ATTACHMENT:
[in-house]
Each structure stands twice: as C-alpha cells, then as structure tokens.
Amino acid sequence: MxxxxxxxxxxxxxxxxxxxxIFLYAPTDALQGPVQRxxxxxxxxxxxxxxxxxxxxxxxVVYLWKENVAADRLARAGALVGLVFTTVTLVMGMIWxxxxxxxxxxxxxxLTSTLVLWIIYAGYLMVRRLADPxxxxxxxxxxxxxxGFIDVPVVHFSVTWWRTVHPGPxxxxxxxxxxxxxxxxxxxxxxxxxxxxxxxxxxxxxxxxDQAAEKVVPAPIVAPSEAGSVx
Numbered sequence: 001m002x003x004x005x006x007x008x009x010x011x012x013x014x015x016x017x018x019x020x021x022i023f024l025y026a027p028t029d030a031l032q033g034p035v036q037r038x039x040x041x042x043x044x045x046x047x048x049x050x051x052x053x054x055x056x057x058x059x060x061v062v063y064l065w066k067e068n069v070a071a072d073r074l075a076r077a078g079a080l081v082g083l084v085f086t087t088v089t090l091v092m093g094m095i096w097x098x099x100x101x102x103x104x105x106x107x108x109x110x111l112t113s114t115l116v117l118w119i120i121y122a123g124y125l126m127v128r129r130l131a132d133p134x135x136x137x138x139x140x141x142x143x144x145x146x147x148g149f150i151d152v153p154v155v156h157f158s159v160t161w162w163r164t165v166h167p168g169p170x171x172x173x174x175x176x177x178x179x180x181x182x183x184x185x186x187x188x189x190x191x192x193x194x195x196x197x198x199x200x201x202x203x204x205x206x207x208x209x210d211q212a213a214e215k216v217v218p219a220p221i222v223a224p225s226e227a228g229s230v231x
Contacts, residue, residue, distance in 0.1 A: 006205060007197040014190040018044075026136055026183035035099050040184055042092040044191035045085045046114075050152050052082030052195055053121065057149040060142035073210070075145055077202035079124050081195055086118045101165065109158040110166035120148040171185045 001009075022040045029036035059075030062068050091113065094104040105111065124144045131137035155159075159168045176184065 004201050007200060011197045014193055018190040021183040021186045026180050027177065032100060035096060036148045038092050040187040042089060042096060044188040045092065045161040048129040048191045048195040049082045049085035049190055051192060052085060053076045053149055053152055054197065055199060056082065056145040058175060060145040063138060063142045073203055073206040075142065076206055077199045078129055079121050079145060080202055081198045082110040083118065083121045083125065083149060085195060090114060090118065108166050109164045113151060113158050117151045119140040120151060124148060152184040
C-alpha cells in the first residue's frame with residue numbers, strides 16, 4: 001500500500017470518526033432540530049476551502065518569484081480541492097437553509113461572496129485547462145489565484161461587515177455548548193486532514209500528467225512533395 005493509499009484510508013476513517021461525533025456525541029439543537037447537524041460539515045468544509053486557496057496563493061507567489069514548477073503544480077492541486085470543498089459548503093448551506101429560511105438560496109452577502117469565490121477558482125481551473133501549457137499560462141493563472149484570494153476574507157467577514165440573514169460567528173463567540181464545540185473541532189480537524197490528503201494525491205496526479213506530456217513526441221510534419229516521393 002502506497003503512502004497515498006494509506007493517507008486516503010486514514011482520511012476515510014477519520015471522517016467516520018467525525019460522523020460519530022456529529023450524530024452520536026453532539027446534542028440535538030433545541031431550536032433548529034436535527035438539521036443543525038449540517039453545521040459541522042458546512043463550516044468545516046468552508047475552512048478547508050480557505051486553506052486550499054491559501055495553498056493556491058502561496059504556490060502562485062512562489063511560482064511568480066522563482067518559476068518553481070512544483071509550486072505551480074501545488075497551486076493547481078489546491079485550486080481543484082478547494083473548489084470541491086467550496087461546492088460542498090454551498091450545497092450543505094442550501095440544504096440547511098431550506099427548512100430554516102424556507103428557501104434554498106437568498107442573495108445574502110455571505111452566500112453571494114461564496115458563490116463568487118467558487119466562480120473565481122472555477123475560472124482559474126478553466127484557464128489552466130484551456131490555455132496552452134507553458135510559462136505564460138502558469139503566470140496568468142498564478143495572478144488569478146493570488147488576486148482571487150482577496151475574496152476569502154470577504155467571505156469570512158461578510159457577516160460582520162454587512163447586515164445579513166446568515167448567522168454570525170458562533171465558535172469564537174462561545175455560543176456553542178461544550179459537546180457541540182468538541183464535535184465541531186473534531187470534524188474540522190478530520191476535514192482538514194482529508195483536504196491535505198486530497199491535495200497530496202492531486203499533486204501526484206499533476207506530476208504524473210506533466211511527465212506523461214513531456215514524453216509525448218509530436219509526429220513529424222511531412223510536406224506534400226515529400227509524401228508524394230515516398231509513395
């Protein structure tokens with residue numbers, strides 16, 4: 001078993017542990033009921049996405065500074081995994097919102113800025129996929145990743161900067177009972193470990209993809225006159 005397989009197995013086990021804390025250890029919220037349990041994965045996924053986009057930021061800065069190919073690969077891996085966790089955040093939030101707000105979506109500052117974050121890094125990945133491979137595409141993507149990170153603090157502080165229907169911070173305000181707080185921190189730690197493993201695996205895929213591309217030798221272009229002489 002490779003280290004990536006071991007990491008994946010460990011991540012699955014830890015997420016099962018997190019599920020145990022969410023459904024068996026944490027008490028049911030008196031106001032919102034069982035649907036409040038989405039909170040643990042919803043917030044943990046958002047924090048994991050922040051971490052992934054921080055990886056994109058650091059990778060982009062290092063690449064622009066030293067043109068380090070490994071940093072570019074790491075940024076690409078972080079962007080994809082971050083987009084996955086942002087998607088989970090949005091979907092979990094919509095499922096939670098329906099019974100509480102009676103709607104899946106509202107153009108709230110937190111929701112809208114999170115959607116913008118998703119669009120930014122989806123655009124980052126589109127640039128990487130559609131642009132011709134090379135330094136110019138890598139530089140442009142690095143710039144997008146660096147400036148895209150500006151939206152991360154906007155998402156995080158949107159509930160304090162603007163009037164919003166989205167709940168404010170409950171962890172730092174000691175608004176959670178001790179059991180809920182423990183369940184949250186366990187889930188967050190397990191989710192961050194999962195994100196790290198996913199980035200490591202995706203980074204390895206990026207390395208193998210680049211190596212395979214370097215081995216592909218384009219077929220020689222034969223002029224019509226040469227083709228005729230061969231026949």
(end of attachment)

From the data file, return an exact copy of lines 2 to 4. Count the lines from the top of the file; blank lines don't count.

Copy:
Each structure stands twice: as C-alpha cells, then as structure tokens.
Amino acid sequence: MxxxxxxxxxxxxxxxxxxxxIFLYAPTDALQGPVQRxxxxxxxxxxxxxxxxxxxxxxxVVYLWKENVAADRLARAGALVGLVFTTVTLVMGMIWxxxxxxxxxxxxxxLTSTLVLWIIYAGYLMVRRLADPxxxxxxxxxxxxxxGFIDVPVVHFSVTWWRTVHPGPxxxxxxxxxxxxxxxxxxxxxxxxxxxxxxxxxxxxxxxxDQAAEKVVPAPIVAPSEAGSVx
Numbered sequence: 001m002x003x004x005x006x007x008x009x010x011x012x013x014x015x016x017x018x019x020x021x022i023f024l025y026a027p028t029d030a031l032q033g034p035v036q037r038x039x040x041x042x043x044x045x046x047x048x049x050x051x052x053x054x055x056x057x058x059x060x061v062v063y064l065w066k067e068n069v070a071a072d073r074l075a076r077a078g079a080l081v082g083l084v085f086t087t088v089t090l091v092m093g094m095i096w097x098x099x100x101x102x103x104x105x106x107x108x109x110x111l112t113s114t115l116v117l118w119i120i121y122a123g124y125l126m127v128r129r130l131a132d133p134x135x136x137x138x139x140x141x142x143x144x145x146x147x148g149f150i151d152v153p154v155v156h157f158s159v160t161w162w163r164t165v166h167p168g169p170x171x172x173x174x175x176x177x178x179x180x181x182x183x184x185x186x187x188x189x190x191x192x193x194x195x196x197x198x199x200x201x202x203x204x205x206x207x208x209x210d211q212a213a214e215k216v217v218p219a220p221i222v223a224p225s226e227a228g229s230v231x